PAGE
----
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BONNIE’S GARDEN – Things To Do In Your Fall Vegetable Garden

By Bonnie Pega
Bonnie's Garden

I’m getting my vegetable garden ready for fall now.  I just pulled up the last of the squash.  Most of my tomatoes are now long tired looking vines with only a few blooms at the tips—and they won’t have time to set fruit and ripen by the first frost.  I pulled them up.

I’ve pulled out the cucumbers and the green beans, too.  The peppers are long gone—victims of all the rain we got earlier this summer.  It’s a bit sad pulling up what was a beautiful productive summer garden—until I remember all the veggies I get to grow now.

Seeds for sweet and snap peas can go in now and so can all those wonderful leafy greens like lettuce, spinach, arugula, kale, mustard, collards and Swiss chard.

Cabbage family members can go in now—broccoli, Brussels sprouts, cabbage, and cauliflower as can those tasty root crops—beets, radishes, turnips, carrots, parsnips.

So that takes care of one raised garden bed.  The other bed I’m going to “tuck” in for a winter’s nap.  I’m going to cover it in a blanket of about four inches of different kinds of compost and let it sit all winter.

Every time it rains, it’ll leech some of those nutrients further down into the soil.  In the spring, I just lightly turn it over and plant.

Remember, when using compost, a mixture of two parts of a plant-based compost (like a leaf or mushroom compost) to one part animal based compost (like composted cow manure) is best.  Animal-based composts are very high in nitrogen and too much nitrogen can affect how many flowers your plants produce.  I usually add a bag of green sand or dehydrated kelp meal to add micro-nutrients.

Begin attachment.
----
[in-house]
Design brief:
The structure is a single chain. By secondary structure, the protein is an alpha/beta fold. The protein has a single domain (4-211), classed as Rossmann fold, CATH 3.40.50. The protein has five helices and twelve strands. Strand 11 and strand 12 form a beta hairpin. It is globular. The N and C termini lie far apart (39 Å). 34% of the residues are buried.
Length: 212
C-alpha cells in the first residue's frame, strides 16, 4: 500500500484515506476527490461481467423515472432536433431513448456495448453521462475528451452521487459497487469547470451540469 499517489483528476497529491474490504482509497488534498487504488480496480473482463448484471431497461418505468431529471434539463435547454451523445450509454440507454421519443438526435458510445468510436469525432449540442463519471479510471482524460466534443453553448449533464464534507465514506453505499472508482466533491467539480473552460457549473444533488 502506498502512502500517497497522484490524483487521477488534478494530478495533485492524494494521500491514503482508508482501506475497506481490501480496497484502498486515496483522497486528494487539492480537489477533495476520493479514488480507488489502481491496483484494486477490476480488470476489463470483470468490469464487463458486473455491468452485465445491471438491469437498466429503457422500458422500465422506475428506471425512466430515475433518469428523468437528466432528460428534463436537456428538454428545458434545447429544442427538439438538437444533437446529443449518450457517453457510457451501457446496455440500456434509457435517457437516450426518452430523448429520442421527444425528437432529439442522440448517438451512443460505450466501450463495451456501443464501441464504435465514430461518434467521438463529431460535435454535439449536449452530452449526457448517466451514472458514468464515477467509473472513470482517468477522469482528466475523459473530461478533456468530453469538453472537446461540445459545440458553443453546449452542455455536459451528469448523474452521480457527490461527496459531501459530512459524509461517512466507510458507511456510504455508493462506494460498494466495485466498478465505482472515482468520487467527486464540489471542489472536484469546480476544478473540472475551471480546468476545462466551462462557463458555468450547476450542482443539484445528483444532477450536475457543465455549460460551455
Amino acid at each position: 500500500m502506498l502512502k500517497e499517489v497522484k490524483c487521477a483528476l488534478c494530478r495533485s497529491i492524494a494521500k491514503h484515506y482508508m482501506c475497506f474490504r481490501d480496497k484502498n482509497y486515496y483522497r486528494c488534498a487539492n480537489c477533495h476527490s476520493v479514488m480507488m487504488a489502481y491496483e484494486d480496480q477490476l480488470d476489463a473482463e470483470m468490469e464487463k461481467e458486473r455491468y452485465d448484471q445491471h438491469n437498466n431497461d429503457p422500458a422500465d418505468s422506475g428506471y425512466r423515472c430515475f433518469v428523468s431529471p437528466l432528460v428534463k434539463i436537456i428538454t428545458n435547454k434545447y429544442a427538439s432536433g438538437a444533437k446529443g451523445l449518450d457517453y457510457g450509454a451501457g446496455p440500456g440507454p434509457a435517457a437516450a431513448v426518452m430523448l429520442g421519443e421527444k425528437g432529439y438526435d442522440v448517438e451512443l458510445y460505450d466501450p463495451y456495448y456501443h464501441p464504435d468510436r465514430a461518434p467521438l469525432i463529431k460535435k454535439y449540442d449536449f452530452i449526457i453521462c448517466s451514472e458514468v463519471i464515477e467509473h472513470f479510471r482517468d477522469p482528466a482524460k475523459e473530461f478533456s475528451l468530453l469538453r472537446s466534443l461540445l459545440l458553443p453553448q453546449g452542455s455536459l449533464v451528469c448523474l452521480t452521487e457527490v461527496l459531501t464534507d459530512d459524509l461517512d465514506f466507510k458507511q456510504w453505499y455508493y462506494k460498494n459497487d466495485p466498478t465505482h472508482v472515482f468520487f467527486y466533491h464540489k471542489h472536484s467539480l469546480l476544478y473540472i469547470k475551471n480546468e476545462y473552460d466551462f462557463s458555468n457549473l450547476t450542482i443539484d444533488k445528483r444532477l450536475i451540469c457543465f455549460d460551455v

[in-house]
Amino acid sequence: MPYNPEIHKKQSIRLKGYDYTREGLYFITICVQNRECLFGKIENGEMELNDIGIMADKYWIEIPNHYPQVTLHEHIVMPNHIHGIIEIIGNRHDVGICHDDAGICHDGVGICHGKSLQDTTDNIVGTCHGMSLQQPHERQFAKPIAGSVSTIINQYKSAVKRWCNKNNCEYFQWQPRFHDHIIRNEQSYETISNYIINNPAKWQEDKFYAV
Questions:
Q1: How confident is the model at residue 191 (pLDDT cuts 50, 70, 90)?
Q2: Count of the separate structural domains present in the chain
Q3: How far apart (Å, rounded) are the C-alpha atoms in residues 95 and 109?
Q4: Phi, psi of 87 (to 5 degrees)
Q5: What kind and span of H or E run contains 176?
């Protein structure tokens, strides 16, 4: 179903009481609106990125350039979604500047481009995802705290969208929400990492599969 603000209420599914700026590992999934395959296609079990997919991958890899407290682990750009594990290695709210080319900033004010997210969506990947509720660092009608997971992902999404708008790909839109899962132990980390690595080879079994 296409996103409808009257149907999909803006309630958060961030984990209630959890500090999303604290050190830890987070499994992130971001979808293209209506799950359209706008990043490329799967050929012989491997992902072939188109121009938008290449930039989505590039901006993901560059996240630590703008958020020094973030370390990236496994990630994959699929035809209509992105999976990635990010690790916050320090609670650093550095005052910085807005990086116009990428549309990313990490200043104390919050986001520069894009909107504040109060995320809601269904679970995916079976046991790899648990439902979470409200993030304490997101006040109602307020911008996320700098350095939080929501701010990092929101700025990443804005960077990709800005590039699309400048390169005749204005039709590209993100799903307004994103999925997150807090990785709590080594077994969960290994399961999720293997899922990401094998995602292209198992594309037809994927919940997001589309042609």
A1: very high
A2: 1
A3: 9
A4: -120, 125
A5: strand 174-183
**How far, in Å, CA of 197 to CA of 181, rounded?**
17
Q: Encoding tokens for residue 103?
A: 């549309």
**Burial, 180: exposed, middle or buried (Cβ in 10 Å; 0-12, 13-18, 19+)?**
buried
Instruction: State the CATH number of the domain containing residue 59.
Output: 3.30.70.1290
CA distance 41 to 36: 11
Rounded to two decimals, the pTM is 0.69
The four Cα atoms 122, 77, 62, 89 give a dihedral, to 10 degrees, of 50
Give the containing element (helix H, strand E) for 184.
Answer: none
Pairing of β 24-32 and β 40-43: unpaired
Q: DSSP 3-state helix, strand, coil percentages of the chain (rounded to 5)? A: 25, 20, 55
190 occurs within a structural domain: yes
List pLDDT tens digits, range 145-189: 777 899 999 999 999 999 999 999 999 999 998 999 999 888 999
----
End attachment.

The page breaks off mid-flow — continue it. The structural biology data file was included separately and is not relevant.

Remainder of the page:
Every year or two, instead of compost, I’ll plant a fall “cover crop” like a blend of peas and oats or red clover.  Turn them into the soil after the first hard frost to add fresh “green” manure into the soil.  Cover crops like buckwheat and crimson clover also provide fall food for bees.

Remember, over the fall and winter, check your garden to be sure that the beds stay free of weeds, fallen leaves and other debris which can give insects a place to lay eggs and harbor mold spores or other diseases.

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